Targeted educational interventions need to be developed and put into action in order to raise knowledge of CRC and evaluate how such interventions can impact attitudes toward the disease. Promoting awareness through public campaigns can be made more relevant and effective by tailoring interventions based on cultural and religious considerations. For example, campaigns should integrate and discuss the concept of fatalism in the context of Palestinian society. Community involvement in the planning and implementation of interventions can improve their acceptability and effectiveness. In addition, in the era of digital communication, there is a need for investigating the role of digital health interventions, including mobile apps, online platforms, and social media, in fostering CRC awareness and influencing attitudes. Finally, robust research is needed to elucidate the influence of CRC awareness on attitudes toward screening procedures, such as colonoscopy.

Limitations

This study is subject to certain limitations. The use of convenience sampling may not fully ensure the creation of a representative sample of the Palestinian population, thus constraining the generalizability of the findings. Nevertheless, the large sample size, high response rate, and the diverse regional data collection employed in the study may have mitigated this limitation. Additionally, the decision to exclude individuals from oncology departments and those with medical backgrounds might have potentially led to a reduced number of participants presumed to have high CRC awareness. However, this exclusion was a deliberate choice aimed at maximizing the study’s ability to measure public awareness of CRC. It is also important to note that the study focused on participants’ perceived knowledge and did not assess the awareness of individuals exhibiting actual CRC symptoms. Finally, even though data were collected by trained data collectors utilizing a validated tool, it is challenging to rule out the possibility of having an impact by the subjectivity and self-recall of participants on study interpretations.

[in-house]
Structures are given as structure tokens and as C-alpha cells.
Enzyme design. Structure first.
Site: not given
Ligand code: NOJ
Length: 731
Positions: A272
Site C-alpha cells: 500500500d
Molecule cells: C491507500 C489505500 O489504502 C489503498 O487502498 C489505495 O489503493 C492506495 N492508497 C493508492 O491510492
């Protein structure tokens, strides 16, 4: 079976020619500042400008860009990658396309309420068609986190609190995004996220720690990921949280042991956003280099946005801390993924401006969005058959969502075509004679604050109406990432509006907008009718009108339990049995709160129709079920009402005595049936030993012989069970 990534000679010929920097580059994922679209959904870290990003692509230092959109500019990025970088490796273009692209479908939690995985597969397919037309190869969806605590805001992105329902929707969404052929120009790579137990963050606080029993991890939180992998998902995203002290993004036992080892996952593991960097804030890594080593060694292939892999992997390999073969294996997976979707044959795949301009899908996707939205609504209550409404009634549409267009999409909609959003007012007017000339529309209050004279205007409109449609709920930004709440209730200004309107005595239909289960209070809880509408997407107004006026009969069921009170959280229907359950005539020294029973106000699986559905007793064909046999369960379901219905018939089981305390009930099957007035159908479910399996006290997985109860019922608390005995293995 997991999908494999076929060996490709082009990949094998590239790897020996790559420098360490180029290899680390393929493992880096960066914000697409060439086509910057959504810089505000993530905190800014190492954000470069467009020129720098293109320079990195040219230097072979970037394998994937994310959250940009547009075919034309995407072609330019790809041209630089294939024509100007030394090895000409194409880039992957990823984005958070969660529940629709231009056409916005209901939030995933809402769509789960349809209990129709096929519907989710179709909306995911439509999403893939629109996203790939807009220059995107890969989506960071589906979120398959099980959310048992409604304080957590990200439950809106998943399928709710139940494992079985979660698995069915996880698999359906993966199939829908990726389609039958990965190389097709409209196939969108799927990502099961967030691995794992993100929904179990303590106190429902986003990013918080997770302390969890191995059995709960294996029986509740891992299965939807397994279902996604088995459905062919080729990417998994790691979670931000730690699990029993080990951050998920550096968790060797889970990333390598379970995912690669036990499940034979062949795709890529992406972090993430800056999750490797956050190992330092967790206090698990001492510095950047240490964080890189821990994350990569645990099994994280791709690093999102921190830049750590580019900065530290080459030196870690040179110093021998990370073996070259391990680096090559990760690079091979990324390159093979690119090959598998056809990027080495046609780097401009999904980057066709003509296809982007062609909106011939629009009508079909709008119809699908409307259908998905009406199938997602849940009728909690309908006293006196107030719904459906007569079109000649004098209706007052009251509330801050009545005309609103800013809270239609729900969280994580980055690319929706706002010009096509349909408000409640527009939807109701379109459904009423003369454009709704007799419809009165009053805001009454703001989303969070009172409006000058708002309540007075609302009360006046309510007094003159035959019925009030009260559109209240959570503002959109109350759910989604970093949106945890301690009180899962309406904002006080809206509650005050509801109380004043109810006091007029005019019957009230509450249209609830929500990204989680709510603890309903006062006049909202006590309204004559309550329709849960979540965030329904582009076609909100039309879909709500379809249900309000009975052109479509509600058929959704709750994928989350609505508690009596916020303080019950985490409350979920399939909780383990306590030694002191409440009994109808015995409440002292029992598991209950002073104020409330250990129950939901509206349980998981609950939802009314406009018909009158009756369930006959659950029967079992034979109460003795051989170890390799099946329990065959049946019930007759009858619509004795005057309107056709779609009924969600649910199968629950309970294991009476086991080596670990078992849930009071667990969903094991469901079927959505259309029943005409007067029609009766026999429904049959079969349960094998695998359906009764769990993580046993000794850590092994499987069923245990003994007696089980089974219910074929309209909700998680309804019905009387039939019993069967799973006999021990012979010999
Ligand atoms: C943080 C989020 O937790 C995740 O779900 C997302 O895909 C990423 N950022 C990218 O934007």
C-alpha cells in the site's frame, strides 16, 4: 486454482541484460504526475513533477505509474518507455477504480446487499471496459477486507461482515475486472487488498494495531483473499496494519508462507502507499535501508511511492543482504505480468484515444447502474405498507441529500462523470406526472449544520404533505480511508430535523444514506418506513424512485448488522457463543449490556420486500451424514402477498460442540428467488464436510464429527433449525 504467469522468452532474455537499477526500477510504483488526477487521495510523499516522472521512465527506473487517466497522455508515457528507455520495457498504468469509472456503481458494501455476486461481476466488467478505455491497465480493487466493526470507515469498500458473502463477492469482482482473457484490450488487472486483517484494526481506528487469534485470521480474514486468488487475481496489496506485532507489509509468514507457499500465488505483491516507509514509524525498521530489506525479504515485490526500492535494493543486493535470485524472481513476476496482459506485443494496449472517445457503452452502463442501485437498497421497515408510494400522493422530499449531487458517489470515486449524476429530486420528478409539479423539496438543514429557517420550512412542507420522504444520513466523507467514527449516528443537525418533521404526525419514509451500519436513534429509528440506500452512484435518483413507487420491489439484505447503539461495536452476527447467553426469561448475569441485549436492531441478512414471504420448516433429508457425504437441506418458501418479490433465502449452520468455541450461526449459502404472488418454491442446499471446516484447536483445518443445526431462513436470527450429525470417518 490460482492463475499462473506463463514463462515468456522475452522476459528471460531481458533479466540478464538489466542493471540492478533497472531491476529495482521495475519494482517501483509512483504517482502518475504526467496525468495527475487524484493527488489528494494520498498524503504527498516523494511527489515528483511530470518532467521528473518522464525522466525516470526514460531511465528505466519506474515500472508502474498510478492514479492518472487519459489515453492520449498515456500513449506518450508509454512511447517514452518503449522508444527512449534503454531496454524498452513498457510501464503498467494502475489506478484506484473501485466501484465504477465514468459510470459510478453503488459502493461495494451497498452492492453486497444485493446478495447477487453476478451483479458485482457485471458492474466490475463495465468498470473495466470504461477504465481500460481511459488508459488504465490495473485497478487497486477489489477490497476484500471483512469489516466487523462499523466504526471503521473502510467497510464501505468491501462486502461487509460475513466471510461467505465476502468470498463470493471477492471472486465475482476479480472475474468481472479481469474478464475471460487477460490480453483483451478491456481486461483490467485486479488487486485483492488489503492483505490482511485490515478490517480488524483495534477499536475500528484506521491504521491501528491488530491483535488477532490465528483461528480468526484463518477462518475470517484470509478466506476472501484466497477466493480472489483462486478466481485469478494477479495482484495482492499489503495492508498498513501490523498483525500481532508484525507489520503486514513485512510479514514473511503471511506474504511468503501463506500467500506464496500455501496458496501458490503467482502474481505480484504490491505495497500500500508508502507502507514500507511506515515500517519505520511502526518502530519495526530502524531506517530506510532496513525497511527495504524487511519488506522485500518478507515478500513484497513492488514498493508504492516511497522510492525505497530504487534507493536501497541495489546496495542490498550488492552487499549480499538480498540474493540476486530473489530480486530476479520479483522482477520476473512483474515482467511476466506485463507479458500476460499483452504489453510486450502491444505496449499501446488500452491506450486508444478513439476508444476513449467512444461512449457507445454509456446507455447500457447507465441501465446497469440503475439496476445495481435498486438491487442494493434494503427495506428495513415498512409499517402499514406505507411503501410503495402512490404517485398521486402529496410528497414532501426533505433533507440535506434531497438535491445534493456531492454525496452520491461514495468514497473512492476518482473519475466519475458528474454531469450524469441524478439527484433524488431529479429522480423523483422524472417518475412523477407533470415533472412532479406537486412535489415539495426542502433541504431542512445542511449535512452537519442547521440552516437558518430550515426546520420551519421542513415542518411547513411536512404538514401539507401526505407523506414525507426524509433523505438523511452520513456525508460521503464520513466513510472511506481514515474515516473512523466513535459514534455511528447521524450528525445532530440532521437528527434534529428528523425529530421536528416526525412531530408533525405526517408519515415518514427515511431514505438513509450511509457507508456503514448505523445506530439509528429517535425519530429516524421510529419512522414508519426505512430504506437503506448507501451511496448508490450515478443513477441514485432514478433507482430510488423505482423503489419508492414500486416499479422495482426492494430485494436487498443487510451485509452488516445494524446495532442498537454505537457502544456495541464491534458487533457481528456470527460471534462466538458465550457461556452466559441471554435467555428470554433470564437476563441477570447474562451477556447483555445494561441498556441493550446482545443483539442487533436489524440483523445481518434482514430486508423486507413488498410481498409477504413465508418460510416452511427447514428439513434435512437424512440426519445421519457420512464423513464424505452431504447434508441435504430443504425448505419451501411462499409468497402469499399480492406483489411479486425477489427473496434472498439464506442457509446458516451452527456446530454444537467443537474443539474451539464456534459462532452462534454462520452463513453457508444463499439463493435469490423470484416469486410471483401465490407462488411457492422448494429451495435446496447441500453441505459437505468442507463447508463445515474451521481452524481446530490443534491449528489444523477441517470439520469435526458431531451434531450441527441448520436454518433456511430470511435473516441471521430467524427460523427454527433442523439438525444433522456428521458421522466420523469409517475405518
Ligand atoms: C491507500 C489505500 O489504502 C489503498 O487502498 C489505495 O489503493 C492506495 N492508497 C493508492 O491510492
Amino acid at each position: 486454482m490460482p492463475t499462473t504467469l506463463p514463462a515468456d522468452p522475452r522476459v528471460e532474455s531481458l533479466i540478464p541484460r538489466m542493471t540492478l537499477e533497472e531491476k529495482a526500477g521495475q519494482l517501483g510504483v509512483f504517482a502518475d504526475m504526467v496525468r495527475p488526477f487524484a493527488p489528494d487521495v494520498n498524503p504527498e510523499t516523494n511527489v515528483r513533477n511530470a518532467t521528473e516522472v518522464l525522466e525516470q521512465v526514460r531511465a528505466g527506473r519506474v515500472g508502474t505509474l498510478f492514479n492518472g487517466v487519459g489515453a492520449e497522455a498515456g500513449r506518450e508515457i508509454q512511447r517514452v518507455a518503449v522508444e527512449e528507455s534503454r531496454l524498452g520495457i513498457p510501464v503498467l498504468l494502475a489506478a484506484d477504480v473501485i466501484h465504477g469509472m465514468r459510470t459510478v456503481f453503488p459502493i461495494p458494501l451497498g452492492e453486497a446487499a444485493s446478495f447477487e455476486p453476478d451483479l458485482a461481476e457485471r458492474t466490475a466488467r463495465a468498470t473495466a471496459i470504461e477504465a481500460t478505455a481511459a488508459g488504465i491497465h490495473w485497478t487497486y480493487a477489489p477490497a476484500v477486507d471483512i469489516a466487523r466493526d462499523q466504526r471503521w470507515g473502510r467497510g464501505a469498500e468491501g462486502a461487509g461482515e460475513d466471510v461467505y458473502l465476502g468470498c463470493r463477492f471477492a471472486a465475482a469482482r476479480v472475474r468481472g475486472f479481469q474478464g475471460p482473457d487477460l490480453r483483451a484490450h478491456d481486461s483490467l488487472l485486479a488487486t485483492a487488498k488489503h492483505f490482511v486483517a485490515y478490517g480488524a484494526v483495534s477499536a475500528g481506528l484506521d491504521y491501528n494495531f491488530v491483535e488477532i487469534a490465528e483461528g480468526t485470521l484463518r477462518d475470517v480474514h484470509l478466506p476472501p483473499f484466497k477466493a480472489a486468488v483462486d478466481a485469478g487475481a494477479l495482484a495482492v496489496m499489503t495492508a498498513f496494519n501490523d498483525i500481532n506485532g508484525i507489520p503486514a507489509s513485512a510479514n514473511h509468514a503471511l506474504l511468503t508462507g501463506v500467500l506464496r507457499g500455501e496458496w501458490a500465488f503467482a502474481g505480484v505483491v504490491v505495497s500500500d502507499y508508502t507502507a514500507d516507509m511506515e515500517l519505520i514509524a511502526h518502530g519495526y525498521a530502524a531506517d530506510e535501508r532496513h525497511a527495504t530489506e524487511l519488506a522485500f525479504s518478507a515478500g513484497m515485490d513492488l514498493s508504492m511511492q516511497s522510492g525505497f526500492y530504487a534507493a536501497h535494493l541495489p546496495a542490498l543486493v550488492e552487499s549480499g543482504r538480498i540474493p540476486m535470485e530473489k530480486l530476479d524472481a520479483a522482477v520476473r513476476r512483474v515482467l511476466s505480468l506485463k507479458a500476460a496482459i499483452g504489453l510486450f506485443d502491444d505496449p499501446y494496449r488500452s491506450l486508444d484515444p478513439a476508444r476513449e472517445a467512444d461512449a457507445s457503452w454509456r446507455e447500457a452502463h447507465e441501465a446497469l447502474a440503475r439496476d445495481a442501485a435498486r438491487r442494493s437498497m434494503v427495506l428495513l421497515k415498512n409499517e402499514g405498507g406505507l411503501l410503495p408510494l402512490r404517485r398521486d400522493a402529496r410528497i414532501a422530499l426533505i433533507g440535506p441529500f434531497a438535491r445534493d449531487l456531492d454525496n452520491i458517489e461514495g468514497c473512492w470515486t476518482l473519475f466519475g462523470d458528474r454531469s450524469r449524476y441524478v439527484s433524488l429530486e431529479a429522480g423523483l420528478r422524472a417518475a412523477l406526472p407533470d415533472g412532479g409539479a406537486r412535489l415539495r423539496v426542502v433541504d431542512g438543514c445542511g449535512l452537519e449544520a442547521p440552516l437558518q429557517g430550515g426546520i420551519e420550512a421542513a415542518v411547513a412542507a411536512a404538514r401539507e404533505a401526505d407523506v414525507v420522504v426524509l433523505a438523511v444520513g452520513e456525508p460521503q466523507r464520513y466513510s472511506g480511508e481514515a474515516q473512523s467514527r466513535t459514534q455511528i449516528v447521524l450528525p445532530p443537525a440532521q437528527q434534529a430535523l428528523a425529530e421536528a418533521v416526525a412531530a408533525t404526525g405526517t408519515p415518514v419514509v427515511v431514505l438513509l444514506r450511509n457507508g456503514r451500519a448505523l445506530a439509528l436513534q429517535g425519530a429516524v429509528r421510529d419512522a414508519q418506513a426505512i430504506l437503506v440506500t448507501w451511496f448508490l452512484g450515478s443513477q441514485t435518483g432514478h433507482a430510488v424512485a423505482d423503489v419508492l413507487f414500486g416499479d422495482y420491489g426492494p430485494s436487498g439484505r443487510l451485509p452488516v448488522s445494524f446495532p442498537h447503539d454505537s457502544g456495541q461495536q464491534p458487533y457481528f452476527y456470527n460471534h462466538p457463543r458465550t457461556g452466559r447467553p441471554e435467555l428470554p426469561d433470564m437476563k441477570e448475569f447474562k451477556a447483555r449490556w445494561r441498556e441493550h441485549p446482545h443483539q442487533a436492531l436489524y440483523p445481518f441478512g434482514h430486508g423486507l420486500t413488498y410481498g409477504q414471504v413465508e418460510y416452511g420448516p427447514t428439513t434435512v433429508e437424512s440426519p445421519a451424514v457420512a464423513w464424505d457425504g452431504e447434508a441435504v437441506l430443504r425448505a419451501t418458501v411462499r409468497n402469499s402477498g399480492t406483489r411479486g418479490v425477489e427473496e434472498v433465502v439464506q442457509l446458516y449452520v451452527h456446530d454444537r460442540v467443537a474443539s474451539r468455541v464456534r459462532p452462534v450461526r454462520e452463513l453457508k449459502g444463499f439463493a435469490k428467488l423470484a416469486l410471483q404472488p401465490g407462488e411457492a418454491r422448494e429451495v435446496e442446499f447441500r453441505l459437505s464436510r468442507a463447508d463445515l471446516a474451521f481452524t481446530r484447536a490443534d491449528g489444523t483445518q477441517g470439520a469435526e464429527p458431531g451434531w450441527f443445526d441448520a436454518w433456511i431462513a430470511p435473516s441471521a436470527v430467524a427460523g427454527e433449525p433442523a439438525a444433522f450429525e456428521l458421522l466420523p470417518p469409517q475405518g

Conclusion

This study identified significant knowledge gaps in CRC awareness among Palestinian adults, specifically concerning CRC signs/symptoms, risk factors, and causation myths. Notably, while individuals who had a high awareness of CRC risk factors and causation myths tended to exhibit a positive attitude toward the disease, the same association was not evident for those with a high awareness of CRC symptoms/signs. Given the suboptimal awareness of all aspects related to CRC, tailored public health campaigns are needed. Such initiatives may have the potential to alter people’s perceptions of CRC, which may help establish a nationwide screening program in Palestine.

Data availability

The datasets used and/or analysed during the current study available from the corresponding author on reasonable request.

Abbreviations

CRC:

Colorectal cancer